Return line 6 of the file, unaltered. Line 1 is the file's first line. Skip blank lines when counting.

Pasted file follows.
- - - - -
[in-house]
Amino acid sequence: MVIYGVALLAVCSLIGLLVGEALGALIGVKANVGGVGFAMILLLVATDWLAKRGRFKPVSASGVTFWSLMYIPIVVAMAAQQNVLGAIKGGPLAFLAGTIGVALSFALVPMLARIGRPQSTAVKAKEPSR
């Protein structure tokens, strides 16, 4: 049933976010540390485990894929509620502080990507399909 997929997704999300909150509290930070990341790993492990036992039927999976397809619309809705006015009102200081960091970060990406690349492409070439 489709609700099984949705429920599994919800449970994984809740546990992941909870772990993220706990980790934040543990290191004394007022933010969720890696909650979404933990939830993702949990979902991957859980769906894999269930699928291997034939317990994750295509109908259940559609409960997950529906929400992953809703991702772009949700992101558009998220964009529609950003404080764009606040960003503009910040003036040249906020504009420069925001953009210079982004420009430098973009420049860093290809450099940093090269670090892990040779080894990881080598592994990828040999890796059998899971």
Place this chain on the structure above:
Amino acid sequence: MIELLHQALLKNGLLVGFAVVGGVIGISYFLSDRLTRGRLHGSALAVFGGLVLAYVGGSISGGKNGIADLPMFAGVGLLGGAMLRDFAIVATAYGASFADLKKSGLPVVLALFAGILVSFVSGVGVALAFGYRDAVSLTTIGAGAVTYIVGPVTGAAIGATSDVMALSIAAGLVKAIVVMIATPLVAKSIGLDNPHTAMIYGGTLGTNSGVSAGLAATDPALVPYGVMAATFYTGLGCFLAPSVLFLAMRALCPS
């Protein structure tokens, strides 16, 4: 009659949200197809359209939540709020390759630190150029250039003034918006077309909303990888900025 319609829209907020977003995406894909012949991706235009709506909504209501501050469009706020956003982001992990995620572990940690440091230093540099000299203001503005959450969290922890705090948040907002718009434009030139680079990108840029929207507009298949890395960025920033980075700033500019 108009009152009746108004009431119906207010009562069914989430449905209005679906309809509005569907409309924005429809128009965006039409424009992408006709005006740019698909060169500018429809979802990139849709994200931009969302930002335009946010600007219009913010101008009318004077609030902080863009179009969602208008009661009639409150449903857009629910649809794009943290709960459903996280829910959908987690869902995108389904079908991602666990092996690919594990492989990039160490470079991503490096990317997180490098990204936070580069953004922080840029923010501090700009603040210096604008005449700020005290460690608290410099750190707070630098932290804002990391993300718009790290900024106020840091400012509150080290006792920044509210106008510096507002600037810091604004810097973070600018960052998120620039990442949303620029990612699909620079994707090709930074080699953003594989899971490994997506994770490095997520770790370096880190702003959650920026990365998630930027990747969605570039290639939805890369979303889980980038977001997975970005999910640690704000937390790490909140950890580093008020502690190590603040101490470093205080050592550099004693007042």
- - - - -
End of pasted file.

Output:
């Protein structure tokens, strides 16, 4: 009659949200197809359209939540709020390759630190150029250039003034918006077309909303990888900025 319609829209907020977003995406894909012949991706235009709506909504209501501050469009706020956003982001992990995620572990940690440091230093540099000299203001503005959450969290922890705090948040907002718009434009030139680079990108840029929207507009298949890395960025920033980075700033500019 108009009152009746108004009431119906207010009562069914989430449905209005679906309809509005569907409309924005429809128009965006039409424009992408006709005006740019698909060169500018429809979802990139849709994200931009969302930002335009946010600007219009913010101008009318004077609030902080863009179009969602208008009661009639409150449903857009629910649809794009943290709960459903996280829910959908987690869902995108389904079908991602666990092996690919594990492989990039160490470079991503490096990317997180490098990204936070580069953004922080840029923010501090700009603040210096604008005449700020005290460690608290410099750190707070630098932290804002990391993300718009790290900024106020840091400012509150080290006792920044509210106008510096507002600037810091604004810097973070600018960052998120620039990442949303620029990612699909620079994707090709930074080699953003594989899971490994997506994770490095997520770790370096880190702003959650920026990365998630930027990747969605570039290639939805890369979303889980980038977001997975970005999910640690704000937390790490909140950890580093008020502690190590603040101490470093205080050592550099004693007042």